Canadian Mixtape: Sounding Out Digital Authoring Practices with Undergraduate Writer/Designers

Contributor: Rich Shivener (corresponding author), with Hannah Anderson, Mihnea Dumitru, Oyindamola Esho, Jessica Oliveira Da Silva, Varsha Ramnarine Singh, Julia Vaiano, & Ademi Yestayeva
Affiliation: York University
Email: richshiv at yorku.ca
Released: 3 December 2021
Published: Spring 2022 (Issue 26.2)


A cassette tape that is unspooling on a red background
Fig. 1: Cassette photo by Pexels on Pixabay

Widely amplified by the writing studies discipline, the term soundwriting is defined as a composition that makes use of audio techniques and strategies. In their introduction to the collection Soundwriting Pedagogies, Kyle Stedman and Courtney Danforth (2018) argued soundwriting is a "chance to use the available means of sound recording, collecting, and editing to make something new" ("Part 5.0: Conclusion"). The term is loosely defined on purpose, for soundwriting calls for creative uses of "music, silence, sound effects, sound interaction, and voice" ("Part 3.0: Soundwriting Pedagogies (A Literature Review)"). In courses that include soundwriting assignments, student have created podcast episodes, soundscapes (e.g., ambient and otherwise narrator-less audio montages), and remixes of songs and myriad recording sounds. Soundwriting Pedagogies indeed created an exigence for Intermediate Digital Authoring, as Soundwriting contributors such as Jennifer J. Buckner and Kirsten Daley (2018) and Michael Burns, Timothy R. Dougherty, Ben Kuebrich, & Yanira Rodríguez (2018) demonstrate that sound can be approached creatively and flexibly to include students’ abilities and interests.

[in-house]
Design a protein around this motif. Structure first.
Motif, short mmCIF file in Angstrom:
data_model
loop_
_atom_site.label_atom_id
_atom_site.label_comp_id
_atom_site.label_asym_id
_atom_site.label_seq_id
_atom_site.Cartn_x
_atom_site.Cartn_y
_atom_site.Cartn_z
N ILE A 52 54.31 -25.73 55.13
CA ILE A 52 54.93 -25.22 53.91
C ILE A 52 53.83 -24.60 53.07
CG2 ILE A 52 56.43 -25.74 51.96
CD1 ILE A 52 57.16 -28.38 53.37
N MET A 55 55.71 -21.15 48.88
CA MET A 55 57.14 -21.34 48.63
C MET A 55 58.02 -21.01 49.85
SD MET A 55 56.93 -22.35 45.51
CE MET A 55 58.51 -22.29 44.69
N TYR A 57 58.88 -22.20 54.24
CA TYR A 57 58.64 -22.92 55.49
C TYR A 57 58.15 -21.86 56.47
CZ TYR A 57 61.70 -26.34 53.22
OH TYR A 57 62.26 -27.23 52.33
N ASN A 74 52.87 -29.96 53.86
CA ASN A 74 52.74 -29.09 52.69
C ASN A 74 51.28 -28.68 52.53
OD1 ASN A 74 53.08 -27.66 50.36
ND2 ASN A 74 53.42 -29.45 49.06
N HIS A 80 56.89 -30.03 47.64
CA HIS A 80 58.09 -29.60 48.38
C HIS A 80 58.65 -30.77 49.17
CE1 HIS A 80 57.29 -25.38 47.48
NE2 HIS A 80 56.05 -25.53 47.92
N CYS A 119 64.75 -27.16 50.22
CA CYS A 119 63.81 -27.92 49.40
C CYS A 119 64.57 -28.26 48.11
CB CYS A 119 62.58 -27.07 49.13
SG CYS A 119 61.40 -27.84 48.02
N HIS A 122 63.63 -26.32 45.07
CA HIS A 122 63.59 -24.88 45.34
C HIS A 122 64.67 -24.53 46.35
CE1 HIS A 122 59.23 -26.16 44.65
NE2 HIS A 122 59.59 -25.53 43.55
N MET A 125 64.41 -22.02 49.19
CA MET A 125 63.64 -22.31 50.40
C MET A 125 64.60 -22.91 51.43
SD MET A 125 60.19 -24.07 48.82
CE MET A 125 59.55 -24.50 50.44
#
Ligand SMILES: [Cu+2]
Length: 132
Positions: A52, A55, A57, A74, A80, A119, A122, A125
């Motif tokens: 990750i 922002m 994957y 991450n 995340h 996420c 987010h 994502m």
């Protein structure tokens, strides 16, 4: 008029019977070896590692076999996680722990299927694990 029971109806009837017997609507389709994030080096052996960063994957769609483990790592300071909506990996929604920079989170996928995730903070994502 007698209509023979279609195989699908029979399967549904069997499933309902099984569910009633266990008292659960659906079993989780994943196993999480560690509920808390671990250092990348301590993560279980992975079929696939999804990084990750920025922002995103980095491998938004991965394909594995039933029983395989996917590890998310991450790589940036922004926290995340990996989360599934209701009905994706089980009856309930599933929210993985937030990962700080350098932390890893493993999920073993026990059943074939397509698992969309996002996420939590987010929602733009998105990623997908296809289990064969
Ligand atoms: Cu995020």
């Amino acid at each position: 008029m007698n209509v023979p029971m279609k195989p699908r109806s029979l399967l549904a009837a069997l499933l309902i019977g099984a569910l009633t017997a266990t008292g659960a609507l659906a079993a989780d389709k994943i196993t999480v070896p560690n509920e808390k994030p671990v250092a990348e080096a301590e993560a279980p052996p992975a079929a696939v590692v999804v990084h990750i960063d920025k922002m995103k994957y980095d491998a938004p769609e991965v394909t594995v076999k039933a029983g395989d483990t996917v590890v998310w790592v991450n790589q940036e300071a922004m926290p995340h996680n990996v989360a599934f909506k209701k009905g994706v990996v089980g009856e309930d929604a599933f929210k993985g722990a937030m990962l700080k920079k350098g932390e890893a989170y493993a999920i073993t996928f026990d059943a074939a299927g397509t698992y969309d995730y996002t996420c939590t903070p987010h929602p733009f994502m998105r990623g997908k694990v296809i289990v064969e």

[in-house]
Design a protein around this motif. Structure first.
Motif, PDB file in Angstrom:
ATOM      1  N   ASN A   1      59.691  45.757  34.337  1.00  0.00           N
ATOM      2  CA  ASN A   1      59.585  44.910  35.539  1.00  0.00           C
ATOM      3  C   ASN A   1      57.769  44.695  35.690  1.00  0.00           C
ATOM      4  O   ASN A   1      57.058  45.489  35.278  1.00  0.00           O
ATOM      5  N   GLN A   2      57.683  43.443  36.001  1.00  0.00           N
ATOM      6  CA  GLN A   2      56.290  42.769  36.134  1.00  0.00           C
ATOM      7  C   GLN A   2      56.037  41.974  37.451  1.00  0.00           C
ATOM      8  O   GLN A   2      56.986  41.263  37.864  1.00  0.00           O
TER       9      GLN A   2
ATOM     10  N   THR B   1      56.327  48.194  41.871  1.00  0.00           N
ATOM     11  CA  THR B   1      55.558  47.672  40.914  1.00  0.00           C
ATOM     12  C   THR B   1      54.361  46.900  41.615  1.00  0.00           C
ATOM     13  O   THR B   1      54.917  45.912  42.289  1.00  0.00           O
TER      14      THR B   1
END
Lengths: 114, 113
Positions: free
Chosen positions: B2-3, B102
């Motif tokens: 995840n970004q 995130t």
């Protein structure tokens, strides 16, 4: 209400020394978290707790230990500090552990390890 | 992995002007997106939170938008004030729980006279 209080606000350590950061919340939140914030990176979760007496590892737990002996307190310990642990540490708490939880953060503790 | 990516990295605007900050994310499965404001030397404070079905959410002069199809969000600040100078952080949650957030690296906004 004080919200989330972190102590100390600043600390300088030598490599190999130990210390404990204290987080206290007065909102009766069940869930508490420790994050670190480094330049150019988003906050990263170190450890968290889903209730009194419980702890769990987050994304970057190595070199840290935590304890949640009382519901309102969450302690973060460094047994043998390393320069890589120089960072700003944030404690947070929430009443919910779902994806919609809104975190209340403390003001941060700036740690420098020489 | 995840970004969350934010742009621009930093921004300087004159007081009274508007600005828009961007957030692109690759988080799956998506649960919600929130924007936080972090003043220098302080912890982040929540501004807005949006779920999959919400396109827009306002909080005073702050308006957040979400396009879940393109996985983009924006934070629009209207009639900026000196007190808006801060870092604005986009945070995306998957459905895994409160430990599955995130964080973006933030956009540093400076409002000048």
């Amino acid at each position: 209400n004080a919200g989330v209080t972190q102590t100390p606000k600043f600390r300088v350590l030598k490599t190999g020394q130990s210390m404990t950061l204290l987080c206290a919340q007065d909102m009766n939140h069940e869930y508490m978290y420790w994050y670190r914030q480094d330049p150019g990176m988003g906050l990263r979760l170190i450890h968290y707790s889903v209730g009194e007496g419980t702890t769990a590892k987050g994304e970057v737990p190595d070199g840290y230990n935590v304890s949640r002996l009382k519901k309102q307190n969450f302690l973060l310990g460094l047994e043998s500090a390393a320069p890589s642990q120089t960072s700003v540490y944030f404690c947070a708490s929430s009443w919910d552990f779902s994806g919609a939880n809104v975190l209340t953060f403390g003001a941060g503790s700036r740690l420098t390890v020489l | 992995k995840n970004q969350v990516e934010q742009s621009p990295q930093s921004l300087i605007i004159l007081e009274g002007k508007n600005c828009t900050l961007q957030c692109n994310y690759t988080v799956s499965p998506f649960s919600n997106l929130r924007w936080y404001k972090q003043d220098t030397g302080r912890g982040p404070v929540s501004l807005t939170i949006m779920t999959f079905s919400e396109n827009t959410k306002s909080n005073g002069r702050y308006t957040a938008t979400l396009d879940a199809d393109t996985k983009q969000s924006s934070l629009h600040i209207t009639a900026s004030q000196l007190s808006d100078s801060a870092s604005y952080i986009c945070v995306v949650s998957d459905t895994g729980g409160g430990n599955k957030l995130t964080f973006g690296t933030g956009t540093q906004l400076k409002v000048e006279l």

The purpose of this webtext is to contribute new knowledge to soundwriting pedagogies in three primary ways: First, based on a course titled Intermediate Digital Authoring and its "sonic essay" assignment, it foregrounds voices in a Canadian university’s professional writing program, situated in a sonically rich location that has received little attention in writing studies. The Greater Toronto Area is known for its rich, cultural tapestry and arts scene, cultivating the likes of The Weeknd, Drake, Shawn Mendes, Feist, and Rush. Amid the hum of creative energies in a major city, York University’s professional writing program is one of few in the country in a standalone writing department (e.g., University of Winnipeg’s Department of Rhetoric, Writing and Communications). This webtext aims to turn up the volume on York’s curriculum for local and international peers, similar to the aims of Stephanie Bell (2019) and Derek Mueller, Andrea Williams, Louise Wetherbee Phelps, and Jennifer Clary-Lemon’s (2017) book Cross-Border Networks in Writing Studies. While YU’s program and Intermediate Digital Authoring do reflect American universities’ approaches to digital media composing and soundwriting, these institution specific parallels have not been articulated in our field’s scholarship. Put differently, this Canadian mixtape is our intro to the field, especially one that is working hard to recruit and honour international voices in scholarship and graduate programs now more than ever. It’s also contributing to A.D. Carson’s (2020) definition of the "mixtap/e/ssay." Carson’s 2020 rap album i used to love to dream is a mixtap/e/ssay that critically and creatively entwines beats, samples, and Carson’s rhymes to "more accurately describe that particular loneliness & alienation that exists in my mind between where i’m from & where i’m at currently" ("introduction"). Mixtap/e/ssays can be artifacts of emplaced experience. Emplaced experiences broadcast from Canada are largely missing from soundwriting scholarship.